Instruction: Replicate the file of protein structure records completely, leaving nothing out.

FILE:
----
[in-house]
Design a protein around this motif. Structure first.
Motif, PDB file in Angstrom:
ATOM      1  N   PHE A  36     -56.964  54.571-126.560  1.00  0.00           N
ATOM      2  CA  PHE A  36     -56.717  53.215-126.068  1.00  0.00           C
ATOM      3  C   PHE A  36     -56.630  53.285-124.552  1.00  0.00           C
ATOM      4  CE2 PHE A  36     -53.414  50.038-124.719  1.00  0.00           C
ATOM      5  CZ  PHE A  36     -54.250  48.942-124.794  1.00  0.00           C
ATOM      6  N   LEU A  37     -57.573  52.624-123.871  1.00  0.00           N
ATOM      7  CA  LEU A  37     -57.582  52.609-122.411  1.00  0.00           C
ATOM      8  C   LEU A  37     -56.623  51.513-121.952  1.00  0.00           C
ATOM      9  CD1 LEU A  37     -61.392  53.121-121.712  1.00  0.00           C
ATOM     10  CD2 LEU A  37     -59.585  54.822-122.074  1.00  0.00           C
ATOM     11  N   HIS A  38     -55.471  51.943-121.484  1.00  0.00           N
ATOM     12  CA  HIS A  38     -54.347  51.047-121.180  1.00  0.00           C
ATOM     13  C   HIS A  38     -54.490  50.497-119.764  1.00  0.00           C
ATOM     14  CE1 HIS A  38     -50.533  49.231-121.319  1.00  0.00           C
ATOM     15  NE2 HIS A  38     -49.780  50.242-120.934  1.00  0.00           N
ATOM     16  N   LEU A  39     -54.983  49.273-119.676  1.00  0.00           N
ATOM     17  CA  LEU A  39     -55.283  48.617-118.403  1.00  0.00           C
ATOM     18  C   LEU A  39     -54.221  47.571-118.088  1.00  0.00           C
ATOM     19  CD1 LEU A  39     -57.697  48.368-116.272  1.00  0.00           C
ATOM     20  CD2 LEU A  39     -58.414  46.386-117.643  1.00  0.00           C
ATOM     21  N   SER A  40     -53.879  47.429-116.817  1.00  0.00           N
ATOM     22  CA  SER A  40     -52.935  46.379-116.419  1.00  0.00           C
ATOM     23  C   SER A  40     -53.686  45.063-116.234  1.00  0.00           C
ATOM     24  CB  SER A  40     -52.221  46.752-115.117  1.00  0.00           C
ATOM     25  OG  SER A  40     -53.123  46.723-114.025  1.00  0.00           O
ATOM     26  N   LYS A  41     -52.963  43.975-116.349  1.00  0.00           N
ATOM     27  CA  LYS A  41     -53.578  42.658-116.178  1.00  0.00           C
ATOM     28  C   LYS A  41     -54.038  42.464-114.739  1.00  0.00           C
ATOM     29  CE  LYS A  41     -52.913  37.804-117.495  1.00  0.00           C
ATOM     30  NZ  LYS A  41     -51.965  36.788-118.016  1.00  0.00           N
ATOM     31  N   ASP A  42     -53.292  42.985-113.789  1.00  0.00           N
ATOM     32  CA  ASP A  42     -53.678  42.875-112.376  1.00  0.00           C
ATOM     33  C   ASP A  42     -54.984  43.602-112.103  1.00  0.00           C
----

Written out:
[in-house]
Design a protein around this motif. Structure first.
Motif, PDB file in Angstrom:
ATOM      1  N   PHE A  36     -56.964  54.571-126.560  1.00  0.00           N
ATOM      2  CA  PHE A  36     -56.717  53.215-126.068  1.00  0.00           C
ATOM      3  C   PHE A  36     -56.630  53.285-124.552  1.00  0.00           C
ATOM      4  CE2 PHE A  36     -53.414  50.038-124.719  1.00  0.00           C
ATOM      5  CZ  PHE A  36     -54.250  48.942-124.794  1.00  0.00           C
ATOM      6  N   LEU A  37     -57.573  52.624-123.871  1.00  0.00           N
ATOM      7  CA  LEU A  37     -57.582  52.609-122.411  1.00  0.00           C
ATOM      8  C   LEU A  37     -56.623  51.513-121.952  1.00  0.00           C
ATOM      9  CD1 LEU A  37     -61.392  53.121-121.712  1.00  0.00           C
ATOM     10  CD2 LEU A  37     -59.585  54.822-122.074  1.00  0.00           C
ATOM     11  N   HIS A  38     -55.471  51.943-121.484  1.00  0.00           N
ATOM     12  CA  HIS A  38     -54.347  51.047-121.180  1.00  0.00           C
ATOM     13  C   HIS A  38     -54.490  50.497-119.764  1.00  0.00           C
ATOM     14  CE1 HIS A  38     -50.533  49.231-121.319  1.00  0.00           C
ATOM     15  NE2 HIS A  38     -49.780  50.242-120.934  1.00  0.00           N
ATOM     16  N   LEU A  39     -54.983  49.273-119.676  1.00  0.00           N
ATOM     17  CA  LEU A  39     -55.283  48.617-118.403  1.00  0.00           C
ATOM     18  C   LEU A  39     -54.221  47.571-118.088  1.00  0.00           C
ATOM     19  CD1 LEU A  39     -57.697  48.368-116.272  1.00  0.00           C
ATOM     20  CD2 LEU A  39     -58.414  46.386-117.643  1.00  0.00           C
ATOM     21  N   SER A  40     -53.879  47.429-116.817  1.00  0.00           N
ATOM     22  CA  SER A  40     -52.935  46.379-116.419  1.00  0.00           C
ATOM     23  C   SER A  40     -53.686  45.063-116.234  1.00  0.00           C
ATOM     24  CB  SER A  40     -52.221  46.752-115.117  1.00  0.00           C
ATOM     25  OG  SER A  40     -53.123  46.723-114.025  1.00  0.00           O
ATOM     26  N   LYS A  41     -52.963  43.975-116.349  1.00  0.00           N
ATOM     27  CA  LYS A  41     -53.578  42.658-116.178  1.00  0.00           C
ATOM     28  C   LYS A  41     -54.038  42.464-114.739  1.00  0.00           C
ATOM     29  CE  LYS A  41     -52.913  37.804-117.495  1.00  0.00           C
ATOM     30  NZ  LYS A  41     -51.965  36.788-118.016  1.00  0.00           N
ATOM     31  N   ASP A  42     -53.292  42.985-113.789  1.00  0.00           N
ATOM     32  CA  ASP A  42     -53.678  42.875-112.376  1.00  0.00           C
ATOM     33  C   ASP A  42     -54.984  43.602-112.103  1.00  0.00           C